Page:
Tuesday, February 17, 2009

la vacance de fevrier

Well, once again it's time to go on holiday! This Saturday I'll be leaving for Gascogne, a region in the south of France. Miss L. Smith and I will be Wwoof-ing for two weeks on a small vineyard/sheep farm, collecting interesting (I can only imagine!) stories and wonderful experiences.

Wwoof is an organization that is dedicated to networking in around the world through an exchange of skills. Their website states "WWOOF allows volunteers to stay on organic farms and join in with the various projects hosts are busy with. There is a variety of properties spread throughout France, in which organic growing plays some part."

So stay tuned for the next post, detailing our adventures! Laura and I are hoping to make some new French friends, discover a new section of the country, and of course, have plenty of opportunities to sample the wine!

image courtesy of www.eddieross.com

Thursday, February 5, 2009

Tasting All the Fruits of the Sea

I think one of my favorite things about living in La Rochelle is the food. Before I returned to France after the Christmas break in Ohio, I read Julia Child’s “My Life in France,” a memoire that chronicles her discovery of France, her discovery of its food, which eventually resulted in her discovery of the love of cooking and an iconic career in the culinary world. Upon my return to La Rochelle, I was ready to dive into the gastronomy of my new residence.

Because La Rochelle is a port-town on the coast of the Atlantic Ocean, fruits de mer (literally translated: fruit of the sea) or seafood reigns as king in the ultimate culinary experience. My first fruit de mer experience was in October after I first arrived and involved the not-so-scary, first-baby-steps dish of moules-frites, or mussels and fries. Usually steamed and small, its easy to avoid dwelling on the slight rubbery texture in order to appreciate their light freshness. Juxtaposed with the crispy fries, its really quite wonderful. The mussels can be prepared in an infinate amount of ways –I’ve counted a total of nine at one small bistro!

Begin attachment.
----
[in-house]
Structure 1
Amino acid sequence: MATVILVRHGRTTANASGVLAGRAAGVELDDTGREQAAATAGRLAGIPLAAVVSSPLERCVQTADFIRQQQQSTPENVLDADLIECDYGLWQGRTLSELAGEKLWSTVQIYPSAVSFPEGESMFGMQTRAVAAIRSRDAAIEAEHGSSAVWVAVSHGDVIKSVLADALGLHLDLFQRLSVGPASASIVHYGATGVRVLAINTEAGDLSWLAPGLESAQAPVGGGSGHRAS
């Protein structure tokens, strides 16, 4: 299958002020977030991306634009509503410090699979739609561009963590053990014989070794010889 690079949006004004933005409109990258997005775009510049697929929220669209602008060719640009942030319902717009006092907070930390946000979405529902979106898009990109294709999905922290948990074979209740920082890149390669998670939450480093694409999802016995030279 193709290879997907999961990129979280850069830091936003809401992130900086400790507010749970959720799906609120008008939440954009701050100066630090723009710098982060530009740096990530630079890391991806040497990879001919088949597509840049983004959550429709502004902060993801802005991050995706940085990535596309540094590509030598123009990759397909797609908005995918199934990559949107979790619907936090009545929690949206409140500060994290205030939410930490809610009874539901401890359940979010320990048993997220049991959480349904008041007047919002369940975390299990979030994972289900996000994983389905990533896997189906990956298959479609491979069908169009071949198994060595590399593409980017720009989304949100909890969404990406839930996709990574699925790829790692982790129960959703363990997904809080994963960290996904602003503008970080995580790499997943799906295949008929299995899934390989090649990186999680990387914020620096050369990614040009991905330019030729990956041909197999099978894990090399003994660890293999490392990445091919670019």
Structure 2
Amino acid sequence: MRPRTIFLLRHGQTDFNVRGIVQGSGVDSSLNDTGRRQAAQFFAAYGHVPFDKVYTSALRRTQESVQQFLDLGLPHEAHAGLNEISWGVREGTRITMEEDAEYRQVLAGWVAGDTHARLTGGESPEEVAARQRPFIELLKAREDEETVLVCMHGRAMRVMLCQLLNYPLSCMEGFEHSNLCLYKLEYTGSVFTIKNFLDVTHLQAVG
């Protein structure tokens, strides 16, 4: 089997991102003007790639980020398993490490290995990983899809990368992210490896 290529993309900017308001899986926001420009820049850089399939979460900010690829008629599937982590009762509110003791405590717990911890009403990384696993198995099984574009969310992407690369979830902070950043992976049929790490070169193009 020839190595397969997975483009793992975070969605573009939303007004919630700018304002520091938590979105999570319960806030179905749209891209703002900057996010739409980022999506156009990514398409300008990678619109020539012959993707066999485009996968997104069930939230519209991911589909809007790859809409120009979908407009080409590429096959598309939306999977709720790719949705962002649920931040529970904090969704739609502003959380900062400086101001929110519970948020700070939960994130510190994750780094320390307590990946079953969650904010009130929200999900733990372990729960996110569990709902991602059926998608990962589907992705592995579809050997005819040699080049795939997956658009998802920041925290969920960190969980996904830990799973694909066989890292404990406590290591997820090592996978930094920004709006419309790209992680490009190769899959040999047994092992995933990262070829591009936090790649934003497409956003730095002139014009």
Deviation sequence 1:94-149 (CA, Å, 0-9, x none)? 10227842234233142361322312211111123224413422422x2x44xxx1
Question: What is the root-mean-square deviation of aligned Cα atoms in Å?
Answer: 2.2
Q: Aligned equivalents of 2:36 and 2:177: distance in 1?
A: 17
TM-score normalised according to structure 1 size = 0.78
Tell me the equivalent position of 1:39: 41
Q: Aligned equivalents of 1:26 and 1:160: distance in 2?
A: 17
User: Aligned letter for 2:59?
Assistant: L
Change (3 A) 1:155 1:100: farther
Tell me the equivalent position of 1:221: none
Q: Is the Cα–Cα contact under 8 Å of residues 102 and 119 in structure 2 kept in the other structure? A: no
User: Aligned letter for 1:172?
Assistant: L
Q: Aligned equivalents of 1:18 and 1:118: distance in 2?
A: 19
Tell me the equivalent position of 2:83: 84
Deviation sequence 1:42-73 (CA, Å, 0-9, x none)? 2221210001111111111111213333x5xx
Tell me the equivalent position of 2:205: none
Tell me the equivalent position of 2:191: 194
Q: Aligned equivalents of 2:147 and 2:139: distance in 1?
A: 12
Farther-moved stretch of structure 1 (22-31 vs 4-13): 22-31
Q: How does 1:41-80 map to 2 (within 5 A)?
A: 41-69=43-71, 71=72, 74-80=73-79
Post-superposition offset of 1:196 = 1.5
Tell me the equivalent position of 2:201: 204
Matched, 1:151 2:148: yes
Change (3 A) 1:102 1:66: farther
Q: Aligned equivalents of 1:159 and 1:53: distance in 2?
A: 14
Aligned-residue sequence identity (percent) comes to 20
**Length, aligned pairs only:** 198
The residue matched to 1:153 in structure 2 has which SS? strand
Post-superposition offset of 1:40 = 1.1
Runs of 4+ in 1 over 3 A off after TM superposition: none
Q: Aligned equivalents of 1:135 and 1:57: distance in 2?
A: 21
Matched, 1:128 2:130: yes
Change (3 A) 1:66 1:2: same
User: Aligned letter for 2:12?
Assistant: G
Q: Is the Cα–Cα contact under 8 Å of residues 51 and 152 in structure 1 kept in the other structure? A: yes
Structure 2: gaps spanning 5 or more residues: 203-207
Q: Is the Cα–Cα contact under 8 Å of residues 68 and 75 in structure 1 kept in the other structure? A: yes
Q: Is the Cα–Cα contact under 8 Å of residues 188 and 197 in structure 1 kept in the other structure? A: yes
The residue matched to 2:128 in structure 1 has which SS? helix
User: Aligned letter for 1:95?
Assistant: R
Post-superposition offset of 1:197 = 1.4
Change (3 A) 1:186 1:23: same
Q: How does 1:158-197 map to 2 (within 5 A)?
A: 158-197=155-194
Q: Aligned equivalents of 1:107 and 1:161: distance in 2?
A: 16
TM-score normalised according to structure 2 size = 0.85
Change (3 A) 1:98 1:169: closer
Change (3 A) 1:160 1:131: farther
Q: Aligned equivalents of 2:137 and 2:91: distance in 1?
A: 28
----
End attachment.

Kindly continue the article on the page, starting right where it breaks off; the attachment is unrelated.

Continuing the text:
For the more adventuresome, La Rochelle boasts to have the best huitres, or oysters, in the world. Now, the verdict is out on how amazing these huitres really are. To be completely honest, I’ve yet to try them (although, hopefully this weekend I’ll remedy that!), but I’ve heard stories that run the full gamat, from horror to elation. My friend Lee had his first (and last) huitres in the Fall. What makes them tricky is that because they are so fresh and naturally delicious, huitres are eaten raw, straigh from the shell, with only a little lemon juice. Lee insists that the little guy winced at the lemon juice. And while he also declared that it tasted like salt-water, I’m convinced that there’s a reason why this city has based a huge portion of their tourist industry on the illustrious ‘huitre.’

The daily market, in addition to its beautiful display of fresh produce and flowers, has stand after stand of fish, oysters, and shrimp. Its actually when I see these stands in particular that I become inspired to learn how to become a culinary master in the French tradition, and who knows, maybe one day I’ll become brave enough to buy a bucket of huitres on my own (although I have heard stories of people nearly slicing off their fingers trying to pry open the shell). For now? I’ve budgeted my modest salary so I can enjoy the cooking skills of the professionals, which has resulted in the latest of my culinary adventures: sting ray! And its delicious ☺